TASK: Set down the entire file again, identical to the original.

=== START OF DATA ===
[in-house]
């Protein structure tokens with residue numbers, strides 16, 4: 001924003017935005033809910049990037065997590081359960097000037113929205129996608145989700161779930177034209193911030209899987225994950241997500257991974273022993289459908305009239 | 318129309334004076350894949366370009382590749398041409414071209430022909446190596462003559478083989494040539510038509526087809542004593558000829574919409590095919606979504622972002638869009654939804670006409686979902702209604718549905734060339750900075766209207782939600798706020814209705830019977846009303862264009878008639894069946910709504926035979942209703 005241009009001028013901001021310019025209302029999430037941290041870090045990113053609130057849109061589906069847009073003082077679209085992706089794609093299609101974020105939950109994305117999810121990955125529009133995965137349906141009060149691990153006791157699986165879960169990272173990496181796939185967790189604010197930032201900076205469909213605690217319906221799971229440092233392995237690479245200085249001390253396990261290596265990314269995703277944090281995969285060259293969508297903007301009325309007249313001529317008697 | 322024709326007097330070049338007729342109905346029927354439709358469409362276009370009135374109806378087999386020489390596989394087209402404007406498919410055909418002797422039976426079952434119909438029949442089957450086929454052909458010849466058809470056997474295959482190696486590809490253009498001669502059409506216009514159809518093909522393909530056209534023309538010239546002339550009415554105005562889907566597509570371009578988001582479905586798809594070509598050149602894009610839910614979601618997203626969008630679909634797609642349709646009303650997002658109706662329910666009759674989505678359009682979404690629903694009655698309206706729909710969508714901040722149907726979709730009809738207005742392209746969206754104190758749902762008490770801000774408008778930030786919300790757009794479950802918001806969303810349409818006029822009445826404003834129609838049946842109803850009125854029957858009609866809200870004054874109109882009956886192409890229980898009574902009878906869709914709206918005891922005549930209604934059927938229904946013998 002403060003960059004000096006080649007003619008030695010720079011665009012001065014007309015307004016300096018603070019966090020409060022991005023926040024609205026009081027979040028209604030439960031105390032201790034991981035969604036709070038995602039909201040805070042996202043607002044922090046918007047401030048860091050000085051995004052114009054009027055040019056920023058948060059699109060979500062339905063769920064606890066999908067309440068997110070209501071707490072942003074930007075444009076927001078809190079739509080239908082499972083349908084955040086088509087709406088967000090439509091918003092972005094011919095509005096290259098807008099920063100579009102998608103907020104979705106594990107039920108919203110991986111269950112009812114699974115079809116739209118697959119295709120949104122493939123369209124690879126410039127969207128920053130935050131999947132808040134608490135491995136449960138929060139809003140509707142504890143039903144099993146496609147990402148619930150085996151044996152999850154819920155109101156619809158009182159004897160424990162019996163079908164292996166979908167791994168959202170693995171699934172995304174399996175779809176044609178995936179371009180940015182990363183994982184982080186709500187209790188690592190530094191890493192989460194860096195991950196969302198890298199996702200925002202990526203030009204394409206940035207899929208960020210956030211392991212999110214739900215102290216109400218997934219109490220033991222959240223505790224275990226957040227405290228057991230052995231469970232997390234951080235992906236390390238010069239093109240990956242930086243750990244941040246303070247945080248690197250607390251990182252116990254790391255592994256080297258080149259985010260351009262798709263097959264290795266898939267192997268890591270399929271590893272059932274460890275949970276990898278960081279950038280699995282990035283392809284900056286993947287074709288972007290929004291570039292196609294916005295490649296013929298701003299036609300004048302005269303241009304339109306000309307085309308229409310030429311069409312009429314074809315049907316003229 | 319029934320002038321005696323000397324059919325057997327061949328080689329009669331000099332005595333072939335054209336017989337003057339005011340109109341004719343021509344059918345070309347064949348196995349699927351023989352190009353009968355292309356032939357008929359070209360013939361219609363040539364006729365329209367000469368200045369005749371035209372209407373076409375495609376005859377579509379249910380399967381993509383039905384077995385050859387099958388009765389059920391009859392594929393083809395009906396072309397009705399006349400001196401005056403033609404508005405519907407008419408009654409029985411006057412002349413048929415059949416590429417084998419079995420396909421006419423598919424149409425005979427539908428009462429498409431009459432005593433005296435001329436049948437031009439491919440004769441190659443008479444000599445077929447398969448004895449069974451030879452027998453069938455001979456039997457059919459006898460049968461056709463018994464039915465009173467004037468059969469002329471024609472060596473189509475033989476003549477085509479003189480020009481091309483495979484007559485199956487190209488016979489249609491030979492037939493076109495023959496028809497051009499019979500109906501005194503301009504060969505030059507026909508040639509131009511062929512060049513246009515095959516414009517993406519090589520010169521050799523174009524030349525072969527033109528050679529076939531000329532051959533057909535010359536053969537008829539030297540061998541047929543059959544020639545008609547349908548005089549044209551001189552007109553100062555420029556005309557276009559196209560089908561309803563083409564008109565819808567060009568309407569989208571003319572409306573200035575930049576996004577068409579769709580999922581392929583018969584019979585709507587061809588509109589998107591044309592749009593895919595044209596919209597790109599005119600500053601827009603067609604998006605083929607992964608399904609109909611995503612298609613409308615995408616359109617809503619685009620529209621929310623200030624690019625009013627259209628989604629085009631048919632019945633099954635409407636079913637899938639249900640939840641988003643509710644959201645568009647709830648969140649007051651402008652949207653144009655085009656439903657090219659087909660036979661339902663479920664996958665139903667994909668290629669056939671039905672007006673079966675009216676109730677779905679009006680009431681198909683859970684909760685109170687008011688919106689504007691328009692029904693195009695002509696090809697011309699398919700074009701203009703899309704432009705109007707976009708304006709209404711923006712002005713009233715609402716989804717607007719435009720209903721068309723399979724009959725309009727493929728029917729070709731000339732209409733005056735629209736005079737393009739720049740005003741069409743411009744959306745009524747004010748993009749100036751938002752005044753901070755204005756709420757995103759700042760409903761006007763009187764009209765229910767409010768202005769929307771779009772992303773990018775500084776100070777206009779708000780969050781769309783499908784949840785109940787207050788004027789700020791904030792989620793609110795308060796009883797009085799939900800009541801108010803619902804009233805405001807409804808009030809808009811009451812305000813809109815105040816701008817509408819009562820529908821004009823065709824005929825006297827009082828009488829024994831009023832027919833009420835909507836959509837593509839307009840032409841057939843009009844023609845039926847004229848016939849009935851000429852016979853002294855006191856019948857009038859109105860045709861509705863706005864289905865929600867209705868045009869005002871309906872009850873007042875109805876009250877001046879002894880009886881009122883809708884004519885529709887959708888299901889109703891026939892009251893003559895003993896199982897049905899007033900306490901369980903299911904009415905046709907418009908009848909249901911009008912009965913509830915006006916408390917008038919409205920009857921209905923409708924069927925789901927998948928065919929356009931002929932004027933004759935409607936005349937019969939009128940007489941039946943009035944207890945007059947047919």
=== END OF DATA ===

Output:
[in-house]
């Protein structure tokens with residue numbers, strides 16, 4: 001924003017935005033809910049990037065997590081359960097000037113929205129996608145989700161779930177034209193911030209899987225994950241997500257991974273022993289459908305009239 | 318129309334004076350894949366370009382590749398041409414071209430022909446190596462003559478083989494040539510038509526087809542004593558000829574919409590095919606979504622972002638869009654939804670006409686979902702209604718549905734060339750900075766209207782939600798706020814209705830019977846009303862264009878008639894069946910709504926035979942209703 005241009009001028013901001021310019025209302029999430037941290041870090045990113053609130057849109061589906069847009073003082077679209085992706089794609093299609101974020105939950109994305117999810121990955125529009133995965137349906141009060149691990153006791157699986165879960169990272173990496181796939185967790189604010197930032201900076205469909213605690217319906221799971229440092233392995237690479245200085249001390253396990261290596265990314269995703277944090281995969285060259293969508297903007301009325309007249313001529317008697 | 322024709326007097330070049338007729342109905346029927354439709358469409362276009370009135374109806378087999386020489390596989394087209402404007406498919410055909418002797422039976426079952434119909438029949442089957450086929454052909458010849466058809470056997474295959482190696486590809490253009498001669502059409506216009514159809518093909522393909530056209534023309538010239546002339550009415554105005562889907566597509570371009578988001582479905586798809594070509598050149602894009610839910614979601618997203626969008630679909634797609642349709646009303650997002658109706662329910666009759674989505678359009682979404690629903694009655698309206706729909710969508714901040722149907726979709730009809738207005742392209746969206754104190758749902762008490770801000774408008778930030786919300790757009794479950802918001806969303810349409818006029822009445826404003834129609838049946842109803850009125854029957858009609866809200870004054874109109882009956886192409890229980898009574902009878906869709914709206918005891922005549930209604934059927938229904946013998 002403060003960059004000096006080649007003619008030695010720079011665009012001065014007309015307004016300096018603070019966090020409060022991005023926040024609205026009081027979040028209604030439960031105390032201790034991981035969604036709070038995602039909201040805070042996202043607002044922090046918007047401030048860091050000085051995004052114009054009027055040019056920023058948060059699109060979500062339905063769920064606890066999908067309440068997110070209501071707490072942003074930007075444009076927001078809190079739509080239908082499972083349908084955040086088509087709406088967000090439509091918003092972005094011919095509005096290259098807008099920063100579009102998608103907020104979705106594990107039920108919203110991986111269950112009812114699974115079809116739209118697959119295709120949104122493939123369209124690879126410039127969207128920053130935050131999947132808040134608490135491995136449960138929060139809003140509707142504890143039903144099993146496609147990402148619930150085996151044996152999850154819920155109101156619809158009182159004897160424990162019996163079908164292996166979908167791994168959202170693995171699934172995304174399996175779809176044609178995936179371009180940015182990363183994982184982080186709500187209790188690592190530094191890493192989460194860096195991950196969302198890298199996702200925002202990526203030009204394409206940035207899929208960020210956030211392991212999110214739900215102290216109400218997934219109490220033991222959240223505790224275990226957040227405290228057991230052995231469970232997390234951080235992906236390390238010069239093109240990956242930086243750990244941040246303070247945080248690197250607390251990182252116990254790391255592994256080297258080149259985010260351009262798709263097959264290795266898939267192997268890591270399929271590893272059932274460890275949970276990898278960081279950038280699995282990035283392809284900056286993947287074709288972007290929004291570039292196609294916005295490649296013929298701003299036609300004048302005269303241009304339109306000309307085309308229409310030429311069409312009429314074809315049907316003229 | 319029934320002038321005696323000397324059919325057997327061949328080689329009669331000099332005595333072939335054209336017989337003057339005011340109109341004719343021509344059918345070309347064949348196995349699927351023989352190009353009968355292309356032939357008929359070209360013939361219609363040539364006729365329209367000469368200045369005749371035209372209407373076409375495609376005859377579509379249910380399967381993509383039905384077995385050859387099958388009765389059920391009859392594929393083809395009906396072309397009705399006349400001196401005056403033609404508005405519907407008419408009654409029985411006057412002349413048929415059949416590429417084998419079995420396909421006419423598919424149409425005979427539908428009462429498409431009459432005593433005296435001329436049948437031009439491919440004769441190659443008479444000599445077929447398969448004895449069974451030879452027998453069938455001979456039997457059919459006898460049968461056709463018994464039915465009173467004037468059969469002329471024609472060596473189509475033989476003549477085509479003189480020009481091309483495979484007559485199956487190209488016979489249609491030979492037939493076109495023959496028809497051009499019979500109906501005194503301009504060969505030059507026909508040639509131009511062929512060049513246009515095959516414009517993406519090589520010169521050799523174009524030349525072969527033109528050679529076939531000329532051959533057909535010359536053969537008829539030297540061998541047929543059959544020639545008609547349908548005089549044209551001189552007109553100062555420029556005309557276009559196209560089908561309803563083409564008109565819808567060009568309407569989208571003319572409306573200035575930049576996004577068409579769709580999922581392929583018969584019979585709507587061809588509109589998107591044309592749009593895919595044209596919209597790109599005119600500053601827009603067609604998006605083929607992964608399904609109909611995503612298609613409308615995408616359109617809503619685009620529209621929310623200030624690019625009013627259209628989604629085009631048919632019945633099954635409407636079913637899938639249900640939840641988003643509710644959201645568009647709830648969140649007051651402008652949207653144009655085009656439903657090219659087909660036979661339902663479920664996958665139903667994909668290629669056939671039905672007006673079966675009216676109730677779905679009006680009431681198909683859970684909760685109170687008011688919106689504007691328009692029904693195009695002509696090809697011309699398919700074009701203009703899309704432009705109007707976009708304006709209404711923006712002005713009233715609402716989804717607007719435009720209903721068309723399979724009959725309009727493929728029917729070709731000339732209409733005056735629209736005079737393009739720049740005003741069409743411009744959306745009524747004010748993009749100036751938002752005044753901070755204005756709420757995103759700042760409903761006007763009187764009209765229910767409010768202005769929307771779009772992303773990018775500084776100070777206009779708000780969050781769309783499908784949840785109940787207050788004027789700020791904030792989620793609110795308060796009883797009085799939900800009541801108010803619902804009233805405001807409804808009030809808009811009451812305000813809109815105040816701008817509408819009562820529908821004009823065709824005929825006297827009082828009488829024994831009023832027919833009420835909507836959509837593509839307009840032409841057939843009009844023609845039926847004229848016939849009935851000429852016979853002294855006191856019948857009038859109105860045709861509705863706005864289905865929600867209705868045009869005002871309906872009850873007042875109805876009250877001046879002894880009886881009122883809708884004519885529709887959708888299901889109703891026939892009251893003559895003993896199982897049905899007033900306490901369980903299911904009415905046709907418009908009848909249901911009008912009965913509830915006006916408390917008038919409205920009857921209905923409708924069927925789901927998948928065919929356009931002929932004027933004759935409607936005349937019969939009128940007489941039946943009035944207890945007059947047919």